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Review: A Con Artist Film You’ll Wish Was ‘Sharper’
TL:DR A new well-cast con artist thriller borrows from the best, but can’t land its own scam.
Sharper presents a unique challenge for reviewers. With so much of the film built on repeated reveals, even letting one slip ruins its best assets. To keep it simple, Tom (Justice Smith, once again cast as the patsy) meets cute with Sandra (Briana Middleton) when she stumbles into the used bookstore where he works. They have immediate chemistry, but she politely refuses his advances. By the end of the day, though, she’s back, confessing she got scared and self-sabotaged. From there, a romance blossoms.
How do they fit with charming wastrel con artist Max (Sebastian Stan), super wealthy entrepreneur Richard Hobbes (John Lithgow), and Hobbes’ romantic partner Madeline (Julianne Moore)? Well, those are some of the twists that await the audience. And even when one “learns” a connection, often they must revise it ten minutes later.
Now Presented In Multiple Points of View
Structurally, Sharper unfolds in sections named for each of the characters. For example, the opener, named after Tom, unfolds like a romance story. The next chapter moves the story back several months to find Max up to his tricks and recruiting a partner. And so on. Each shift in perspective shows us new story details and calls past facts into question.
It’s a fun storytelling technique but not necessarily that novel. Of course, the film borrows heavily from multiple previous films throughout, including The Grifters, Matchstick Men, and The Brothers Bloom, to rattle off just three. That’s ok, though. To paraphrase Picasso, borrowing or stealing is totally fine. Given that Sharper is a film all about cons and thefts, it even makes thematic sense. The homages and references don’t bother this reviewer in the least. Not even when they’re done better in those previous features.
If Sharper maintained the pace and tone of its opening romance or follow-up con artist’s apprentice sections, it would be easy to recommend. The kind of reliable film that isn’t a favorite, but you’d still linger on if you happened to encounter it channel surfacing. Unfortunately, the movie goes on from there. Two sections, in particular, derail the enterprise.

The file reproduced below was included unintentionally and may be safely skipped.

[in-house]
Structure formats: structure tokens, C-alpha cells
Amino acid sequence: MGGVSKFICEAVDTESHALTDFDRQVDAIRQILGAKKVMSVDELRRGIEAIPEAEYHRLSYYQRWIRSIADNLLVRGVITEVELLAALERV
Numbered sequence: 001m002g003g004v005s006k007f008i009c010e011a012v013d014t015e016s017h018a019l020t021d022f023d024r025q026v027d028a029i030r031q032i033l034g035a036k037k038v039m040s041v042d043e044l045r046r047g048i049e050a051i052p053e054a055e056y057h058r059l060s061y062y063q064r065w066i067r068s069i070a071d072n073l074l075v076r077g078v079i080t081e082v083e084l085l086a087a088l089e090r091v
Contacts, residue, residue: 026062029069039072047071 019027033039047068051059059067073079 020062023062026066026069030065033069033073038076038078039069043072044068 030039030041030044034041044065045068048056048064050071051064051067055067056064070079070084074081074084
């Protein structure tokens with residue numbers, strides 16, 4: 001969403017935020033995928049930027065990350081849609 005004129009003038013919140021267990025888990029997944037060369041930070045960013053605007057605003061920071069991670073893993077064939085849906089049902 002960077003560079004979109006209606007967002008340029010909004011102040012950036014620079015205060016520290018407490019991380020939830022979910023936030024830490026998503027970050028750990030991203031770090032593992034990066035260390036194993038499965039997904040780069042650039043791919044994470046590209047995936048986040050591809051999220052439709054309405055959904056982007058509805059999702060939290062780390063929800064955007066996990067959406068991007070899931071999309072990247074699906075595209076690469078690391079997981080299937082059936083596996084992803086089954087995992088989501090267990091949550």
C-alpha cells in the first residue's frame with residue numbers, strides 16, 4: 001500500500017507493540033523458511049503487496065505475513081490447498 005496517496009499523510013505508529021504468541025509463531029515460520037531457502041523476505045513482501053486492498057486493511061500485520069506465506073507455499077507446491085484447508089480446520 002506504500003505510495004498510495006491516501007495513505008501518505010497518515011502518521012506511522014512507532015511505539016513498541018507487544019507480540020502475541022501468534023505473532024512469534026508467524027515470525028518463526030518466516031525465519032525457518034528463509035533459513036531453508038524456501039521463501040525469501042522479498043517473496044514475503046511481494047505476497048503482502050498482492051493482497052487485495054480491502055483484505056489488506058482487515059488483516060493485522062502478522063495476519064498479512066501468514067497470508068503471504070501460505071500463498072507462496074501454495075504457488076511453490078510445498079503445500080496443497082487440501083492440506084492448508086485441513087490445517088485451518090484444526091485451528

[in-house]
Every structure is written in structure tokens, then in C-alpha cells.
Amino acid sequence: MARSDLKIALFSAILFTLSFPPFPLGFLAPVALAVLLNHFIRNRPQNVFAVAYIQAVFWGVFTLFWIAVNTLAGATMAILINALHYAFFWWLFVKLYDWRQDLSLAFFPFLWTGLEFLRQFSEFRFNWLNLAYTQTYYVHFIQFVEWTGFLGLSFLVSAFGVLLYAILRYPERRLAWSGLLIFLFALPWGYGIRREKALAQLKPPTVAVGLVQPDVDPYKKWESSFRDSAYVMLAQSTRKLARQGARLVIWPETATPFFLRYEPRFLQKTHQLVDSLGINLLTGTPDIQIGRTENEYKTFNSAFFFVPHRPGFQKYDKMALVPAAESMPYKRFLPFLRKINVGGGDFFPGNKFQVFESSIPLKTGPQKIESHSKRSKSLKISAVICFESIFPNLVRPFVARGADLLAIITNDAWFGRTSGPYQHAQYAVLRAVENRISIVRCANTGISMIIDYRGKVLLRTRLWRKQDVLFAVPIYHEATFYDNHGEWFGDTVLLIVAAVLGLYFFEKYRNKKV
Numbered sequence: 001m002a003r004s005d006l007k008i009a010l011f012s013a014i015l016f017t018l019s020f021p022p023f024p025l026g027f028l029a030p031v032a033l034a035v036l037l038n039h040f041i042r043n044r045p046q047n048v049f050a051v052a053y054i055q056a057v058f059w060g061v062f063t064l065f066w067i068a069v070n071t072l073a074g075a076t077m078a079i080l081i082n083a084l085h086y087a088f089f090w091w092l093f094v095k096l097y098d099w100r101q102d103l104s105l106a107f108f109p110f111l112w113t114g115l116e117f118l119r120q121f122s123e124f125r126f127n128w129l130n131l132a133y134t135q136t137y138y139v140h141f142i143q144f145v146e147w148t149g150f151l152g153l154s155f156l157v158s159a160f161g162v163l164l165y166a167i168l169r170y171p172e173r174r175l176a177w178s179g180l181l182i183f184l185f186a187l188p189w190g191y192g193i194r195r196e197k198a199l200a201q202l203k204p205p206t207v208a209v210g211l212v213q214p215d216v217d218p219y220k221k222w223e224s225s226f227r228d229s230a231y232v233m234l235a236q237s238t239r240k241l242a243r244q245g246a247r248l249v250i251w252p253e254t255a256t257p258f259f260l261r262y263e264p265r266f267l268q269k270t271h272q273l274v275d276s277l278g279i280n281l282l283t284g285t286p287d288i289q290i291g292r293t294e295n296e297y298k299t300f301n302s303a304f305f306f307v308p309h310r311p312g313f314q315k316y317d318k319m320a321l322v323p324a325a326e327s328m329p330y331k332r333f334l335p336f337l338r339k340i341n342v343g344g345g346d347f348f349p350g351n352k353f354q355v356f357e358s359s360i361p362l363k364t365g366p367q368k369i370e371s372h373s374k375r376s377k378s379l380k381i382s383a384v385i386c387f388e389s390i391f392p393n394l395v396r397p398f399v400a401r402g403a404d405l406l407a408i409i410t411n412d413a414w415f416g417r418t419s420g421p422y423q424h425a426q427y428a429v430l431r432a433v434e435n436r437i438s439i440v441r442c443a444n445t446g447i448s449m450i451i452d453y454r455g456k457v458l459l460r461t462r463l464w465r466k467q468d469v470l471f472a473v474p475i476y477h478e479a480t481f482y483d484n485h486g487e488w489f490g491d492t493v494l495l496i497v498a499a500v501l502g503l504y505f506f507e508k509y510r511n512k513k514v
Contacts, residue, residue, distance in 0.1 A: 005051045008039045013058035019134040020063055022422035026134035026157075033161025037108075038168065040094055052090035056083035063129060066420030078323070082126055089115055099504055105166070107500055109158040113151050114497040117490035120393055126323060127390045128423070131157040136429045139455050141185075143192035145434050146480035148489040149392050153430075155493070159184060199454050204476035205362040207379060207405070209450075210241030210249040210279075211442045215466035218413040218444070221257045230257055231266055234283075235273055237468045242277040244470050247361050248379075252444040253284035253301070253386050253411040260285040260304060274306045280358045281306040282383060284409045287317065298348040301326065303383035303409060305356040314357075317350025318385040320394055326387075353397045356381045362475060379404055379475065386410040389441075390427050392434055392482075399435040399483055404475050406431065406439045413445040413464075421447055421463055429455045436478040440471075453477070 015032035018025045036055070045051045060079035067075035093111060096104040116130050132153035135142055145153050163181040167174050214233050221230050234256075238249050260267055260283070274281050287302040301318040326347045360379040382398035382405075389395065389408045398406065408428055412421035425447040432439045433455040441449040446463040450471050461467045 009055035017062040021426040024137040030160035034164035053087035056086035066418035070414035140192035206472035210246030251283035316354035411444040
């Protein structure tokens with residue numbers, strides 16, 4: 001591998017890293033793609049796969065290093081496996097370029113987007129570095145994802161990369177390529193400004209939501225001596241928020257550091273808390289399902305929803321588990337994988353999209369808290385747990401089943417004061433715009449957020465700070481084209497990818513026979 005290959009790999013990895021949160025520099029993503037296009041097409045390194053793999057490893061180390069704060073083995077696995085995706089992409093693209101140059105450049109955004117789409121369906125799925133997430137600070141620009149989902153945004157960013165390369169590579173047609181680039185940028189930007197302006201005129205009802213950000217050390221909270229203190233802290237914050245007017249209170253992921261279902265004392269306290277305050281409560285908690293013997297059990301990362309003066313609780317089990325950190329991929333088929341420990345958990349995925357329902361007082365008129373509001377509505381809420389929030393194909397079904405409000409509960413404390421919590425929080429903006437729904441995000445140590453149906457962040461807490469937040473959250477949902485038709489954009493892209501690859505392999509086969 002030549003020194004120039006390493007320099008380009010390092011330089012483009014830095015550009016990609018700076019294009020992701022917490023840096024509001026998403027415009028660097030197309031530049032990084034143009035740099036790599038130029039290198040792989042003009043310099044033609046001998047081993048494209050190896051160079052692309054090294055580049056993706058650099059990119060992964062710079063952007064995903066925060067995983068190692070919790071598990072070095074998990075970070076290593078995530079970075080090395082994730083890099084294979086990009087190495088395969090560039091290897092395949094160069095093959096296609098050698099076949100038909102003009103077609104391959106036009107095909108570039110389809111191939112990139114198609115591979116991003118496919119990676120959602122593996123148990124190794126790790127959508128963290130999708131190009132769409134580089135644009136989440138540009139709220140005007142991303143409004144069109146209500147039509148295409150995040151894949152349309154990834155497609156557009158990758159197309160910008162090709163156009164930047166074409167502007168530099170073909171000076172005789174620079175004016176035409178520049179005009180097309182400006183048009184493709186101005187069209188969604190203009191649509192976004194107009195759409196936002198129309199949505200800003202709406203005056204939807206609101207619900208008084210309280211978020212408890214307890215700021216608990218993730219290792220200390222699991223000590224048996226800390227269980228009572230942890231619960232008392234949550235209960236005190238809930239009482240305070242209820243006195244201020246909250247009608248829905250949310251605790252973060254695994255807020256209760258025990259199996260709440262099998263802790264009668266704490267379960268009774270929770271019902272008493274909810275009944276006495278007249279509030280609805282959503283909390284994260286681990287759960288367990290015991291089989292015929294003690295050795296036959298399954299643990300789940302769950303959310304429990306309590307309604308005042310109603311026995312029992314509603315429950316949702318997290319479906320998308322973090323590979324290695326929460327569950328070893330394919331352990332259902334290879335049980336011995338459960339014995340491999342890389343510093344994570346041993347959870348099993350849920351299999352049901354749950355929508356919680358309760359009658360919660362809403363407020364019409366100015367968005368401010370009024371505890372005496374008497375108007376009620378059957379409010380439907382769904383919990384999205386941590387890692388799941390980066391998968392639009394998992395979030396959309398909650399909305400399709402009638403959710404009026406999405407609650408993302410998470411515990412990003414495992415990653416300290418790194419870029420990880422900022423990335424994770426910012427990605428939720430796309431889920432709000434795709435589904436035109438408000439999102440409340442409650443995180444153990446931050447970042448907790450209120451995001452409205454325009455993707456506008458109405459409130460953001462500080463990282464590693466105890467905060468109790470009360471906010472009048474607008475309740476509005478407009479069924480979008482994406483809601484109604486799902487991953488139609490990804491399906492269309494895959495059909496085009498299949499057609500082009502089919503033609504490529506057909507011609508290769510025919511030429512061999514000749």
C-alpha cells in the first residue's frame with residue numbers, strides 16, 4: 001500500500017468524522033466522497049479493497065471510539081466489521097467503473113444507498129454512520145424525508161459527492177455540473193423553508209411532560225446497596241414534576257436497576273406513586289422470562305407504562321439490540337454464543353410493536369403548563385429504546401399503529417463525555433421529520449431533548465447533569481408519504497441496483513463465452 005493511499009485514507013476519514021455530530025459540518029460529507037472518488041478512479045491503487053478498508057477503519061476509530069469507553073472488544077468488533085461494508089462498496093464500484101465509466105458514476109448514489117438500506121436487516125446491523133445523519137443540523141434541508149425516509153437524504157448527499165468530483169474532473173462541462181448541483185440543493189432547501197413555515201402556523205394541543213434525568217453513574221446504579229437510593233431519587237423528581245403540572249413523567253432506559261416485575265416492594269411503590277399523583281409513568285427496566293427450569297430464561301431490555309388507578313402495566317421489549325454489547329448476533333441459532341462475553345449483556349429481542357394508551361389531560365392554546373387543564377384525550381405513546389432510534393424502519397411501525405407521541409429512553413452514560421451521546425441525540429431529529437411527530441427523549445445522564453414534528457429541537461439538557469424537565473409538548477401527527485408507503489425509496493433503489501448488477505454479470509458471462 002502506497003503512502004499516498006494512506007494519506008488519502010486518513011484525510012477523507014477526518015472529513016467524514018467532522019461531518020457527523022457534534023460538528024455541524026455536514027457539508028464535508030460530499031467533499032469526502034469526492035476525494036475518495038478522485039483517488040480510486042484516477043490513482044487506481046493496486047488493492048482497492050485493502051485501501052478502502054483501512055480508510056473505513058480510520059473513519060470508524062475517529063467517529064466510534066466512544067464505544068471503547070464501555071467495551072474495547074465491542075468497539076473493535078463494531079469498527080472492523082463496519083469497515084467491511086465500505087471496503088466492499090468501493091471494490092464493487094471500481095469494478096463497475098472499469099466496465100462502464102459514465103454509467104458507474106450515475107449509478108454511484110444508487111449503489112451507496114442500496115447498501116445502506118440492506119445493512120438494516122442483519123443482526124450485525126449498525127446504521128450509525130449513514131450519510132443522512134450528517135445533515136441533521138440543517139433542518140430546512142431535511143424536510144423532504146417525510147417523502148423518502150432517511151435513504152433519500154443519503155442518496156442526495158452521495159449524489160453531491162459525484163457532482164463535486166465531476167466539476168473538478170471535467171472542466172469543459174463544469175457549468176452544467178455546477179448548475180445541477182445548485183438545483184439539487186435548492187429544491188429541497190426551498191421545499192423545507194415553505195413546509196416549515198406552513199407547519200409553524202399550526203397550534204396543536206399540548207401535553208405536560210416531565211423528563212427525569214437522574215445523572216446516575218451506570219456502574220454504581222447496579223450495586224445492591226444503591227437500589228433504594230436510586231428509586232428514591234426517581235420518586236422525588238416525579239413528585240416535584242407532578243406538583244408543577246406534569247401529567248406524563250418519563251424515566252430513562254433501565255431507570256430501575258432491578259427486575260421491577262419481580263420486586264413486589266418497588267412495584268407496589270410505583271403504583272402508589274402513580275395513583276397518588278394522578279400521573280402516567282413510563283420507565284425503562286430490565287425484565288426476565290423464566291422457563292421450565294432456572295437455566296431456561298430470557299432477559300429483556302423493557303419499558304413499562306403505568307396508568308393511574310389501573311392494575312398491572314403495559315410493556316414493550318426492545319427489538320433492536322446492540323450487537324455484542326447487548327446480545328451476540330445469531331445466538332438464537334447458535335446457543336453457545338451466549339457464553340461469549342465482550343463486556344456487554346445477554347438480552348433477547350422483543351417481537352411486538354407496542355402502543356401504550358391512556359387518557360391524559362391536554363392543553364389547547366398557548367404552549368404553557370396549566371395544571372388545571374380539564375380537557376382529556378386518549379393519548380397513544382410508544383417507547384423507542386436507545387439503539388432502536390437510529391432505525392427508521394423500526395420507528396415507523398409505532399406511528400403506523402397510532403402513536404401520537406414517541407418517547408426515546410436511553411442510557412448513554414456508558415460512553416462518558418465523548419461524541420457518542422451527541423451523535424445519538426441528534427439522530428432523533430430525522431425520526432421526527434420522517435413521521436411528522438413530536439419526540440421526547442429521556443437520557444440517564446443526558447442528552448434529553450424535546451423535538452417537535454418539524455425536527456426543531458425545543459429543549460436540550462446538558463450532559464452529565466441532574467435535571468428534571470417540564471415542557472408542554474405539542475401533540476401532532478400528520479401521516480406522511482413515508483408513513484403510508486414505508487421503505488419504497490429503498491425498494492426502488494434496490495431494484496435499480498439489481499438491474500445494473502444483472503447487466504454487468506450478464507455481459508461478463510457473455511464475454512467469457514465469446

First is a Max-centric installment that sees him playing the part of a whining ne’er-do-well. It’s all part of a hustle, but even knowing that doesn’t stop Stan from coming across as a drip. He embodies his false identity too well, costing Sharper its sense of energy in the middle of the film. When Stan finally gets to be the Max we first met, again, dancing to Don Henley’s “Dirty Laundry” in an empty bar, it’s a relief. However, it also feels a bit too late.
Still, the real nail in the coffin comes at the movie’s climax. The delight of intricate scam films comes when the story backs up to reveal every trick the audience may have missed along the way. It usually finishes with the twist that the seemingly defeated protagonist didn’t just survive the hustle, but played the whole thing to put him on top. Sharper has that final montage, but it delivers it limply. As a result, it can’t muster a sense of thrill. Worse, the explanation feels incomplete. The audience is given enough to understand how the reversal happened, but the details are where the fun lies. To show how it all went down but gloss over the nitty-gritty is to deny the film what should be its most potent pleasure.
Strong Performances Are Not Enough
It’s not the fault of the actors, certainly. Smith continues to grow with each performance. His transition from teen to adult actor has gone as smoothly as any in recent memory. The film’s structure sidelining him during its middle section benches one of Sharper’s best assets. His chemistry with Middleton feels honest as well. After her unfortunately thin role in The Tender Bar, seeing her take on the significantly more complex Sandra is a welcome surprise. It’s solid work in a part that demands shading and a sense of ambiguity.
Unsurprisingly, though, it is Moore that gets the most to do despite her supporting role. The script gives her a wide range of notes to hit, from unnervingly flirtatious to steely amorality. She not only nails them, but she makes them feel organically part of the same person. She ensures Madeline feels “real,” not just a collection of reactions.
Even the performances that don’t work as well still have plenty to recommend them. Lithgow suffers a little for screentime, certainly. That said, he delivers the mix of decent guy and untouchable rich guy well. The audience can see both his sense of genuine empathy and the kind of entitlement that comes from a life where “no” just means a bigger check is needed. Stan, as previously noted, gets bogged down when he must play the role within a role of a failson. Freed from that, though, he makes a good charismatic scumbag, all surface charm and barely hidden contempt for others.
Alas, good performances can’t overcome the film’s shortcomings. For a movie called Sharper, it feels undeniably blunted.
Sharper scams its way into theatres February 10 before pulling the big job on AppleTV+ February 17.
Rating: 5.5/10 SPECS
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This article was produced and syndicated by Wealth of Geeks.
Tim Steven is a sad tomato, Tim Stevens is three miles of bad road. He’s also a therapist, staff writer and social media manager for The Spool, and a freelance writer with publications like ComicsVerse, Marvel.com, CC Magazine, and The New Paris Press. His work has been quoted in Psychology Today, The Atlantic, and MSN Ireland. Feel free to find him @UnGajje on Twitter or in a realm of pure imagination.